This study explored adult Korean adoptees' reported experiences with intrusive interactions and racial communication. Intrusive interactions involve visibly adoptive families being asked by those outside the family to explain their family's form. Examples include questions such as, “Is she adopted?” or “Where are your kids from?” Racial communication occurs when the adoptee receives malevolent and/or essentializing comments or questions related to his or her race, generally from people outside the adoptive family. It is argued that the dynamics of these interactions resulted at least in part from the children's visible racial difference from their White parents. Research questions explored adoptees' reports of these encounters, their responses to them, the extent to which they avoided talking about these encounters and race more generally with their adoptive parents, their parents' reported responses to these encounters, and the parental responses that they recommend.
Twenty-three in-depth interviews and 11 open-ended survey responses comprise the data set for this study. Findings of thematic analyses of the transcribed interviews and survey responses suggest a range of reported experiences with intrusive interactions, including relational comments/questions, aesthetic commentary, lingering looks, mistaken identities, and peer questions. Racial communication was also made manifest in various forms, including racial derogation, interactions with other Asians, and communicated stereotypes. Both types of interactions were reported often to elicit negative emotions such as hurt, frustration, and loneliness. Some of these negative emotions were expressed to result from participants' strong desires to “fit in” as they were growing up.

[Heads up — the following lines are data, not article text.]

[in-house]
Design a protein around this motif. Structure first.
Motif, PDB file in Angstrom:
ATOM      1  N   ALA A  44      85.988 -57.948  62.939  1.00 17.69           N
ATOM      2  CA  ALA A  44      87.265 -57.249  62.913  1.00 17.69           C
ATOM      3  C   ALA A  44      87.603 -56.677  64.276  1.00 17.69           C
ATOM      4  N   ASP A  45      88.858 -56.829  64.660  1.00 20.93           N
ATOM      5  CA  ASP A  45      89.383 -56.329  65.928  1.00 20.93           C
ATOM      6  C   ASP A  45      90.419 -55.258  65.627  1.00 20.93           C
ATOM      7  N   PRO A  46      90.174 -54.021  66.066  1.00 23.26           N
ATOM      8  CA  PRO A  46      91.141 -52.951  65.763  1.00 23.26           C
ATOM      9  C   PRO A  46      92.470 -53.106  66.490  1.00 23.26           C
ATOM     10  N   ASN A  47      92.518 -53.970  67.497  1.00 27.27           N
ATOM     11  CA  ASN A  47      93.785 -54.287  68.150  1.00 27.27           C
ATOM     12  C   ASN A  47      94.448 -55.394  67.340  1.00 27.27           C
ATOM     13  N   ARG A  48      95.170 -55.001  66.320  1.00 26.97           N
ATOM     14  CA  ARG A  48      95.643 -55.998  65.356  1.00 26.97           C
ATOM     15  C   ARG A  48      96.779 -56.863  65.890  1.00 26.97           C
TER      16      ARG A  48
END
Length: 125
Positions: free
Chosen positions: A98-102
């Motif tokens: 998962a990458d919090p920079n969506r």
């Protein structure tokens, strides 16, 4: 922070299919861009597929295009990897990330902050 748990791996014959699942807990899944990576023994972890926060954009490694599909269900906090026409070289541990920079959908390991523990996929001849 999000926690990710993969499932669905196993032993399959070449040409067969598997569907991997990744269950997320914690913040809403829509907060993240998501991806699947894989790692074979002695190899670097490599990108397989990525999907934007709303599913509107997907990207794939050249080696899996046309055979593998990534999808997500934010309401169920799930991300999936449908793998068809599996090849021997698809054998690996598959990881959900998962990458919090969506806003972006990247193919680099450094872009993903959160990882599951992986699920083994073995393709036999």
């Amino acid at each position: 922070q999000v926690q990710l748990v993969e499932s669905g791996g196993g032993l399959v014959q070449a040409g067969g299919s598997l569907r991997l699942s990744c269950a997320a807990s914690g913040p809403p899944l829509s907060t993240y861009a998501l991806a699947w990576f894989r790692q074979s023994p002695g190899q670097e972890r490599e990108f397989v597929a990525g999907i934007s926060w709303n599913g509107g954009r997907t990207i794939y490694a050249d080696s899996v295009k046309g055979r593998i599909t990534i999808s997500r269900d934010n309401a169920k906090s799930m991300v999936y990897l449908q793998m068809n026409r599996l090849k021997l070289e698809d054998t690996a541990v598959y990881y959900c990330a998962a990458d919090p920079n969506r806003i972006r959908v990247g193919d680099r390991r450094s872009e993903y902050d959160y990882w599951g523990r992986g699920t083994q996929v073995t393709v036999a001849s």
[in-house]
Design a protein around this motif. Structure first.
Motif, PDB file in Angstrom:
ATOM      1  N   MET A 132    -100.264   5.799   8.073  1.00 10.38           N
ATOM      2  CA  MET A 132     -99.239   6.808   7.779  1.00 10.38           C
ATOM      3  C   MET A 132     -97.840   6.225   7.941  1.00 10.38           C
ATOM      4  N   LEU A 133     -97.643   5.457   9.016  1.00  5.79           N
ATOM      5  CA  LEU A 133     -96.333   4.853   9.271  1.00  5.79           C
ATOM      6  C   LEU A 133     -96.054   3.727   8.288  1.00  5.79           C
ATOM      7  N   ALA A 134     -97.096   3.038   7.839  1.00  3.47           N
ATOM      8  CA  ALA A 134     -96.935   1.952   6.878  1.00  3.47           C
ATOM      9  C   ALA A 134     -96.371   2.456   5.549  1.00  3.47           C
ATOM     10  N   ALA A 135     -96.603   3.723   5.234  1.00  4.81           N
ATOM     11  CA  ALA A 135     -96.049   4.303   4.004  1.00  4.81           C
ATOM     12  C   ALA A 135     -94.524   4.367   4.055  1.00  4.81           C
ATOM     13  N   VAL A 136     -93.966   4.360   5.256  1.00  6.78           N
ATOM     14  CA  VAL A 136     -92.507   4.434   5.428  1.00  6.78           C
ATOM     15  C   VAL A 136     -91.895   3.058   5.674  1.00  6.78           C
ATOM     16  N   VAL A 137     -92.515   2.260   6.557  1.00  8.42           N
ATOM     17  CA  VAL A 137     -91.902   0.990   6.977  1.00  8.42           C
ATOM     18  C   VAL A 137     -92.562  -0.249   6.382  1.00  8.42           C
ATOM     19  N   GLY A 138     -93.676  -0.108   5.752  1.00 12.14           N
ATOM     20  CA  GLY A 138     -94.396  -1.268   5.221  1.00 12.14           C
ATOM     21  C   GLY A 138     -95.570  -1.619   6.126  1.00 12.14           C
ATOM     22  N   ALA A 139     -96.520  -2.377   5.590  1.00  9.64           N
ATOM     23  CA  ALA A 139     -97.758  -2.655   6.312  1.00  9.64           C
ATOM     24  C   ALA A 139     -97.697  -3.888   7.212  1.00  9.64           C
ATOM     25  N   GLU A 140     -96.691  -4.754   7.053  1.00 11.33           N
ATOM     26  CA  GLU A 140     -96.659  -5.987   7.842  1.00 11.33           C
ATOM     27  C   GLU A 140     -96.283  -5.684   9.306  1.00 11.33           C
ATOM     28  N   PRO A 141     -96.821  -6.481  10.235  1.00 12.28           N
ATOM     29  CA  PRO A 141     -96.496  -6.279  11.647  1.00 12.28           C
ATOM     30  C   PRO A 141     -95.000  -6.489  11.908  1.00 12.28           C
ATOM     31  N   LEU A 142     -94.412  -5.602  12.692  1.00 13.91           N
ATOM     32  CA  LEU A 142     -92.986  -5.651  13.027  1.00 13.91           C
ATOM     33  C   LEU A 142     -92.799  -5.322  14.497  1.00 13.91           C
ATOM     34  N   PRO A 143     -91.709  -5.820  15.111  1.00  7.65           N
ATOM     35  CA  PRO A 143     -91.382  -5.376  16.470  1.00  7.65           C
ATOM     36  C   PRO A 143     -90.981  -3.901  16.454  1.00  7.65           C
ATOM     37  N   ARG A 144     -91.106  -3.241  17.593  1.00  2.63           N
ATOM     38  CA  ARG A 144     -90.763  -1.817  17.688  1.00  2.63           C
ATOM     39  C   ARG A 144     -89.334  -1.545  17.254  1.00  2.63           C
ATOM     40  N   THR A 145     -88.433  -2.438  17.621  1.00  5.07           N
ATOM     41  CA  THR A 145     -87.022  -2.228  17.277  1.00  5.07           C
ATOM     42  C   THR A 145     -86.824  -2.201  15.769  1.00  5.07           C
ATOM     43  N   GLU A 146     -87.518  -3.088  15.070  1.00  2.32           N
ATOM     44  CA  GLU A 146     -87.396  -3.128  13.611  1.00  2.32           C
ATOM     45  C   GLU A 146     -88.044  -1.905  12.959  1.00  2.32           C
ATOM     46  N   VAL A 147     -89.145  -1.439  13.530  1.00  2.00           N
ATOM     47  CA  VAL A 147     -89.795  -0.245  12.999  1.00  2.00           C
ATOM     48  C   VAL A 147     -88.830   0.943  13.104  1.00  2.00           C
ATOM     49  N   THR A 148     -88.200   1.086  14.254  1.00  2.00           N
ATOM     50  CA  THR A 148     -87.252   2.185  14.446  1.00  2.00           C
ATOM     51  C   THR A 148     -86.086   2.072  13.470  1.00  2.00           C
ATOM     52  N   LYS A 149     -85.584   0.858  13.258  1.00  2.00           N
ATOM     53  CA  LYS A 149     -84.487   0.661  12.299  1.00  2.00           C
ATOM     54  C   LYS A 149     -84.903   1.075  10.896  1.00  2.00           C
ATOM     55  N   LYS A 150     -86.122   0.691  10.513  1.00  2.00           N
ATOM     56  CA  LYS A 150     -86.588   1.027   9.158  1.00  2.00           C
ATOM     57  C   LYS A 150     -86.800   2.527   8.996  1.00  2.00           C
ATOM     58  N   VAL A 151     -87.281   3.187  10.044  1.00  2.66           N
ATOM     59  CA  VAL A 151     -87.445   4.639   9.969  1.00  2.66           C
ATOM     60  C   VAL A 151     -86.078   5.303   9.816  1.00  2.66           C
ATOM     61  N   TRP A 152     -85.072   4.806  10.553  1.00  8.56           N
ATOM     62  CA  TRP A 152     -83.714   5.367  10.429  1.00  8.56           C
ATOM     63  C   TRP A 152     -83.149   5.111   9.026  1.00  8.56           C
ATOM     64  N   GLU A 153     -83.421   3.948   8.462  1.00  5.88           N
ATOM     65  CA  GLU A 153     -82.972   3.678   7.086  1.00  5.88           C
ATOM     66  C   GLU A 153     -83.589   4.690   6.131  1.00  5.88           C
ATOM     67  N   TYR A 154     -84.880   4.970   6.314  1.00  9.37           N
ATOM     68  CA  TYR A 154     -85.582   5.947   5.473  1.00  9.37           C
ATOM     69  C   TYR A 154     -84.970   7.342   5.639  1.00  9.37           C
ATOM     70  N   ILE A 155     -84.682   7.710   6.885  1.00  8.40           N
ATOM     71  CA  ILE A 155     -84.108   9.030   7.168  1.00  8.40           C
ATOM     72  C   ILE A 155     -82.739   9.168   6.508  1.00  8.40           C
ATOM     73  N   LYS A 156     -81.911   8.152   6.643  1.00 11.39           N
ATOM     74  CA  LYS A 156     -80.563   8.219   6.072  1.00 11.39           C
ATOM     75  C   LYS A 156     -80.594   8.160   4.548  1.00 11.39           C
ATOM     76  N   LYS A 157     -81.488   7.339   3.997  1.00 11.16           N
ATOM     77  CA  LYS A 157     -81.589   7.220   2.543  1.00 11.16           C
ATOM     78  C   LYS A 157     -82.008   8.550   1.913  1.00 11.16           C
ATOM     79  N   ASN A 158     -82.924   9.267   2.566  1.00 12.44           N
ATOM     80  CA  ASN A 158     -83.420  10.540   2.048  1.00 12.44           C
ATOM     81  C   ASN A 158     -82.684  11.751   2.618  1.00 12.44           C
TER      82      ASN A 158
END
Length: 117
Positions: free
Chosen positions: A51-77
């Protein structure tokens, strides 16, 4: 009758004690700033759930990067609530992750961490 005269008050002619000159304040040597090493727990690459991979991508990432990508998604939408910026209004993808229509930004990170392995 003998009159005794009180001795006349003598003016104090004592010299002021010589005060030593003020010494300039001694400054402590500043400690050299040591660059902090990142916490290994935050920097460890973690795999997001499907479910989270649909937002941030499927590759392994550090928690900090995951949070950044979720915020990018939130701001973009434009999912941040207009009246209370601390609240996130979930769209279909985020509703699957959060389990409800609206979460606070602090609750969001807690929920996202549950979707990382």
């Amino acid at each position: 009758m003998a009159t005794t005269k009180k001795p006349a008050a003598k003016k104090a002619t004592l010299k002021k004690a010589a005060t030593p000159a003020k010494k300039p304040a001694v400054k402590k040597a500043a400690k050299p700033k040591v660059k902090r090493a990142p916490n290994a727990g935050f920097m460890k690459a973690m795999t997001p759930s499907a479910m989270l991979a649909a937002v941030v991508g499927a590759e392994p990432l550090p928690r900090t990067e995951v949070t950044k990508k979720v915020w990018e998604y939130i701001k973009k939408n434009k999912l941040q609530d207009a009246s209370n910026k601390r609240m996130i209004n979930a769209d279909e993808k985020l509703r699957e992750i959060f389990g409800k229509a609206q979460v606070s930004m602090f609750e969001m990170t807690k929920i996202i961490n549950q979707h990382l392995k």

Results also provide insight into topic avoidance about race, suggesting that the adoptees in this study tended to avoid reporting instances of racial derogation and talking with their parents about race due to perceived and past parent unresponsiveness, and self-protection. Participants also provided a range of recommendations for parents as to how to respond to these encounters. Practical implications are discussed.
This study provides an increased understanding of intrusive interactions and racial communication adoptees' perspectives, extends the work on topic avoidance in families, contributes to an understanding of boundary management within diverse families, and contributes a new context in which enacted social support can be studied.
|School:||University of Washington|
|School Location:||United States -- Washington|
|Source:||DAI-A 69/06, Dissertation Abstracts International|
|Subjects:||Social work, Communication, Individual & family studies|
|Keywords:||Adoption, Family communication, International adoption, Korean, Race, Racial communication, Racism, Transracial adoption|
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